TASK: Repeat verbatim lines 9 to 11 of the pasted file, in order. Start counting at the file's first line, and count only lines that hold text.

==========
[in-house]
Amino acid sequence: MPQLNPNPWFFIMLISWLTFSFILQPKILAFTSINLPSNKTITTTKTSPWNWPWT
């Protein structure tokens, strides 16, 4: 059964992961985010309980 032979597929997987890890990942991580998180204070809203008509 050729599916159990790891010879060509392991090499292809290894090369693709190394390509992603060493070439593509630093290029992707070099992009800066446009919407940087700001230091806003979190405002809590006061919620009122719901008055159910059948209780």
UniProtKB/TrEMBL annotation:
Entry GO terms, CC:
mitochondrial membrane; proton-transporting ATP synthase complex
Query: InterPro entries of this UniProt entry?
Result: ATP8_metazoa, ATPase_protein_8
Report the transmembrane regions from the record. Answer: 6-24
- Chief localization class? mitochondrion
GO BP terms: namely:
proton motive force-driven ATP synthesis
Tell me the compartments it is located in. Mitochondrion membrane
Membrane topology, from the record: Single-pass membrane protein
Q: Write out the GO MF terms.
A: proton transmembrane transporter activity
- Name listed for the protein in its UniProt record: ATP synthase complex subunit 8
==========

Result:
Report the transmembrane regions from the record. Answer: 6-24
- Chief localization class? mitochondrion
GO BP terms: namely: